Turgid. The first time I can remember ever hearing this word, it was uttered by my father. Our family was on a river boat cruise on the Ohio River, and, as he peered studiously over the side, he declared that the water was particularly turgid that day.
As a highschooler with an SAT-caliber vocabulary myself, I had to go home and look that one up. This was long before google, so I pulled Mr. Webster off the shelf and began my search, although it was complicated at the time since I wasn’t even sure how to spell the word.
This was typical of my father, one of the most interesting people I’ve ever known. A summa cum laude graduate with two majors, he was smart as a whip up until the time he suffered a stroke. My father was a paragon of the unnecessarily polysyllabic. He kept a file box on his desk with three by five cards, like flashcards: each with a multi-syllable noun, verb or modifier and its definition. And he endeavored to master a new word virtually every day. We were, more often than not, his test runs, which benefited me vis á vis college prep.
His majors were English and German, with a minor in music. He loved the large English words, but he especially liked the German language, which is known for its long convoluted words, to which we English speakers rarely avail ourselves. I humorously considered that he was clearing his throat. “Achtung!” If anyone sneezed in his presence, it was never “God bless you,” but “gesundheit.” I could understand that one.
More than anything, however, my father was an audiophile. He had amassed a sizable collection of LPs and cassette tape’s of all types of music, and spent hours in his musical man cave replete with a stereo component system and headphones. If I wanted to find him, I always knew where to look. He would be sitting in his La-Z-Boy, headphones on, conducting Tchaikovsky’s sixth symphony, the Pathetique, or the Don Cossacks, a Russian singing group. But you could also find among his records artists such as George Beverly Shea and Andy Williams, as well as sacred choral works.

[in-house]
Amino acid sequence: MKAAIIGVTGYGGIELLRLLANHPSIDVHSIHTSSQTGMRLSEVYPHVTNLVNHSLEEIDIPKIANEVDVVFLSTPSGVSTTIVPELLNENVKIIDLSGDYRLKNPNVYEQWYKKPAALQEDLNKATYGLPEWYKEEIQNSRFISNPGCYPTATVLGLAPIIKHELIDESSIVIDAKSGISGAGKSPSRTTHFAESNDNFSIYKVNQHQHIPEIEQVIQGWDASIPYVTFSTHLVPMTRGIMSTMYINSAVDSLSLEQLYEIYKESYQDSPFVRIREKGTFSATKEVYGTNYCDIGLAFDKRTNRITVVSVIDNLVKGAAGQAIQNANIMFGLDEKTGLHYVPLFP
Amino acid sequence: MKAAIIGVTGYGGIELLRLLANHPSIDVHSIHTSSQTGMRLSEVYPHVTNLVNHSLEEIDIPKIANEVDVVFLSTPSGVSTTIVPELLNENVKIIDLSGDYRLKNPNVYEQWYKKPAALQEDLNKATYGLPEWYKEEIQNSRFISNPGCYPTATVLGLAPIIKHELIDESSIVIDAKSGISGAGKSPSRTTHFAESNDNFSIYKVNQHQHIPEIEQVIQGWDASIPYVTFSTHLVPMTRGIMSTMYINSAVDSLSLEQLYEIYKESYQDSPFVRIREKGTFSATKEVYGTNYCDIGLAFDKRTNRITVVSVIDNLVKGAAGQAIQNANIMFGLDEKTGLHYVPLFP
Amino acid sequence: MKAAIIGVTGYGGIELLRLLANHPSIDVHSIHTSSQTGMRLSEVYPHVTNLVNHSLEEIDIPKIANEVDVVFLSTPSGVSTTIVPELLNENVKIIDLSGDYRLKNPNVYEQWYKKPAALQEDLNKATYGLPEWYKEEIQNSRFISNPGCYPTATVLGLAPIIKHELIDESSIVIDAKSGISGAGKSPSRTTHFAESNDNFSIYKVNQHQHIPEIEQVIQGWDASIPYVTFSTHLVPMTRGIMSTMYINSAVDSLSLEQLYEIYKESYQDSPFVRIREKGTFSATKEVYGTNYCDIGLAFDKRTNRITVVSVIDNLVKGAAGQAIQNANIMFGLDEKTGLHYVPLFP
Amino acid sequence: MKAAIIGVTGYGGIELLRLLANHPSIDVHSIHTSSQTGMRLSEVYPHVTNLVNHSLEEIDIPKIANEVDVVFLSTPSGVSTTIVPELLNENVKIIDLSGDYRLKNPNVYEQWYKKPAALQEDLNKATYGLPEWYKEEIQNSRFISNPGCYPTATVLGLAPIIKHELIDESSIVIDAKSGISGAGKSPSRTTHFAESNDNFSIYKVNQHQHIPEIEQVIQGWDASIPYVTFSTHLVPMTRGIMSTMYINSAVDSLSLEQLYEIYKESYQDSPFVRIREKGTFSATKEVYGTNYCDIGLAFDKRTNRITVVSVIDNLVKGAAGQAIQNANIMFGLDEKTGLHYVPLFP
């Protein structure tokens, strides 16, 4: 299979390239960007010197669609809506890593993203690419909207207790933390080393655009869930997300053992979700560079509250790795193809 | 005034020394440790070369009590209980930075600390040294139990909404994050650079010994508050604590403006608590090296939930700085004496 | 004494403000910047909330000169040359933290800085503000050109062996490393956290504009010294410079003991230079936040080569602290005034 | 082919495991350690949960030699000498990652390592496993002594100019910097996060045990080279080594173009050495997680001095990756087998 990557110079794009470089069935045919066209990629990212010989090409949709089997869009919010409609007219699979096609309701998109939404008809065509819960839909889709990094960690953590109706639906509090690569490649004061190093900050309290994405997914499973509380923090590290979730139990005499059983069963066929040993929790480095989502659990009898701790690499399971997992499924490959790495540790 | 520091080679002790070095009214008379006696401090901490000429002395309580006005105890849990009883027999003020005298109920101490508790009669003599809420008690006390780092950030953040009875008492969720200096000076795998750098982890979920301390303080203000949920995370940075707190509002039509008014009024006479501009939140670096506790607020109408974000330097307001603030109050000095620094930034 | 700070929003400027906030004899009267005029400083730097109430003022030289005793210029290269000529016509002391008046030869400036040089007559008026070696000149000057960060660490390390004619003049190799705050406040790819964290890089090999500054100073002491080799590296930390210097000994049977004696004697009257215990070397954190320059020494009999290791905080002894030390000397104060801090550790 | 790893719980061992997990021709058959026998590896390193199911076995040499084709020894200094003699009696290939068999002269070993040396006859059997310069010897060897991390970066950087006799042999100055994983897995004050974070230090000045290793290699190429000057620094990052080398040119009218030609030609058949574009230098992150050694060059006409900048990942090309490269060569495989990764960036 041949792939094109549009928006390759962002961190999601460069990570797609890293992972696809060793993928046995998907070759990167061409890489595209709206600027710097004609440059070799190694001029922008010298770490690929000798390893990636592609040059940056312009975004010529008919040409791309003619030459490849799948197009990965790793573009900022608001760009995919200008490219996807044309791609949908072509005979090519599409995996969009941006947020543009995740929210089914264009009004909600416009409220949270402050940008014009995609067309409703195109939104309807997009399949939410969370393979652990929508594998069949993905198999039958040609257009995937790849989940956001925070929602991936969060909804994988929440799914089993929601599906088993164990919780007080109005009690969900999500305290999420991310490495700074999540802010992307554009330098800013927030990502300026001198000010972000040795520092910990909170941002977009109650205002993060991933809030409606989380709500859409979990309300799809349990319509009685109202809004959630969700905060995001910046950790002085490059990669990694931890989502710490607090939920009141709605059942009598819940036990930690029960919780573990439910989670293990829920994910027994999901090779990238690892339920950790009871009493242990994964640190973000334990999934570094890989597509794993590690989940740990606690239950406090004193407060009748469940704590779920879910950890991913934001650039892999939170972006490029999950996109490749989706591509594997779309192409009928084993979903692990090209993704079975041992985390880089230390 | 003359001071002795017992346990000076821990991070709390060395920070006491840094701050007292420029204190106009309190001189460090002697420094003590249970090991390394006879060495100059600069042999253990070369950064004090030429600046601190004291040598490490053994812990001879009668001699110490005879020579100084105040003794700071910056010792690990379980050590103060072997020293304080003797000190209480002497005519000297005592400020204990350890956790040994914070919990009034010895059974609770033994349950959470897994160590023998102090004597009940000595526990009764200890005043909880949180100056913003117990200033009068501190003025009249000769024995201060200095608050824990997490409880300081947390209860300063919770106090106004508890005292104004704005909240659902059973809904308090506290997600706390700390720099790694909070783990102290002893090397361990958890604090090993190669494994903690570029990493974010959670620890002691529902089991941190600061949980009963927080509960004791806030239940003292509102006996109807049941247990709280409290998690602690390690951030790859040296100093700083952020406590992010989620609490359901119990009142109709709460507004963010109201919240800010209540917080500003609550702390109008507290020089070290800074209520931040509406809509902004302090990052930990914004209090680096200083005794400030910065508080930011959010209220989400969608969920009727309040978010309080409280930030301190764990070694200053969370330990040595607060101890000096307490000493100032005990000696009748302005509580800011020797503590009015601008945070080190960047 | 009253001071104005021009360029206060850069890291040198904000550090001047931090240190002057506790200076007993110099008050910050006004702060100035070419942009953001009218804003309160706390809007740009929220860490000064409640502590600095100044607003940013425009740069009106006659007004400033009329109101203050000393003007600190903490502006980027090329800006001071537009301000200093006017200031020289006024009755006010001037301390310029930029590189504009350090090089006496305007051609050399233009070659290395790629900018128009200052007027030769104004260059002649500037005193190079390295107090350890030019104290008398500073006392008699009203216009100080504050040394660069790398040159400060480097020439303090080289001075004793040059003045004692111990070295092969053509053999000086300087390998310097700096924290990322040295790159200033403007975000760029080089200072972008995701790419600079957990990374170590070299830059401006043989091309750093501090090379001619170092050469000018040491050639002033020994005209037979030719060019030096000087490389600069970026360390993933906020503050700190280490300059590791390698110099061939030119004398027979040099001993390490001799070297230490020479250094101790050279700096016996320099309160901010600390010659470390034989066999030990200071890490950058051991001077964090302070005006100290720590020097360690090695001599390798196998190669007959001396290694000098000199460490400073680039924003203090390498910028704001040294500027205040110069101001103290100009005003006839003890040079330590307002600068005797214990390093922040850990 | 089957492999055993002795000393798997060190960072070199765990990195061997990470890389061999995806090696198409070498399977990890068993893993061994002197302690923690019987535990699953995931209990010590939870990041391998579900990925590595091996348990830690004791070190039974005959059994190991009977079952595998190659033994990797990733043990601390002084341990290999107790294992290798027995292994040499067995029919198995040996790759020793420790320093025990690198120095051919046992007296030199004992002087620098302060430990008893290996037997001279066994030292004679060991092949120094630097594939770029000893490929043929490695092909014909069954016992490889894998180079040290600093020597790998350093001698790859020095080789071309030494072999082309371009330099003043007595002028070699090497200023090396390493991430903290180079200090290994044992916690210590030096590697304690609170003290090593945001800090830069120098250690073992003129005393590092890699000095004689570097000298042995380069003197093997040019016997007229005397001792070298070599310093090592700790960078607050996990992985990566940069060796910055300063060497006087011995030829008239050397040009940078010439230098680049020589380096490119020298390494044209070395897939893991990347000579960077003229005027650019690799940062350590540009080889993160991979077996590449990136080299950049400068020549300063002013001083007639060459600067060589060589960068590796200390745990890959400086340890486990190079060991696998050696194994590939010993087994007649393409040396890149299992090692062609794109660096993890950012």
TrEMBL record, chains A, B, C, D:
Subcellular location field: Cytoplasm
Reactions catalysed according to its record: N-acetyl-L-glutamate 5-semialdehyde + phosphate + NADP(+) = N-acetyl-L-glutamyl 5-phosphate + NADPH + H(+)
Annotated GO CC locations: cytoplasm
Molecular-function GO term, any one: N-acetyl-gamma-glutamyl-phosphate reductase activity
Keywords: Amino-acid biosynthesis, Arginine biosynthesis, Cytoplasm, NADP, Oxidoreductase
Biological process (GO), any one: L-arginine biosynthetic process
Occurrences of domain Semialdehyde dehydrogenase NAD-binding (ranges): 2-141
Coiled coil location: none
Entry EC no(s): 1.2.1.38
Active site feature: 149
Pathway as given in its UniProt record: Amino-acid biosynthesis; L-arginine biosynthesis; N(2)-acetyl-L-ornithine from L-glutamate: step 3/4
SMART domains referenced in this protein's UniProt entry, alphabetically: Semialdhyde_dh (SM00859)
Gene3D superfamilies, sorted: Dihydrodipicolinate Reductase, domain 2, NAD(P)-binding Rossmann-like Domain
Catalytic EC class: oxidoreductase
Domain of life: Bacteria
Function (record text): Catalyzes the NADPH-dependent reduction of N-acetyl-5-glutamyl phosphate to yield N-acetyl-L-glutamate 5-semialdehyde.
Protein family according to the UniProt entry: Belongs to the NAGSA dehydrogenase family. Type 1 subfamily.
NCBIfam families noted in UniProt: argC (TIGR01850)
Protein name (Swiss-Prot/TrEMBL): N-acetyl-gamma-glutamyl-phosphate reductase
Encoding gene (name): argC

I would slip into his presence carefully, and sit and just watch as he conducted Handel’s Messiah or some symphony with his eyes closed. With his thumbs against his index and middle fingers, he would keep perfect time, whether it be 4/4, 3/4, 6/8, or even the 5/4 meter of Dave Brubeck’s “Take Five.” I never asked, but I imagined he envisioned himself on the conductor’s stand in front of the New York Philharmonic.
It should come as no surprise that I acquired his love of music. My iTunes houses Bach, Beethoven, Tchaikovsky, and Dvorak. It is also home to Al Jarreau, Alan Jackson, Alison Krauss - all the way down to Santana, Sinatra, the Temptations, and Frank Zappa. Plus the Beatles, Stones, and Hendrix. My serene, happy place is sitting in a quiet place, “Beats” earbuds cranked, conducting Dvorak’s New World Symphony. I also attended college as a voice and tuba major, like a chip off the old block.
As Dan Fogelberg might say, “I am a living legacy of the leader of the…orchestra.”
Now, if you’ll excuse me, I’m about to head into a karaoke joint and enjoy the last of the simple pleasures: watching the crowd sing along as I croon “My Way.”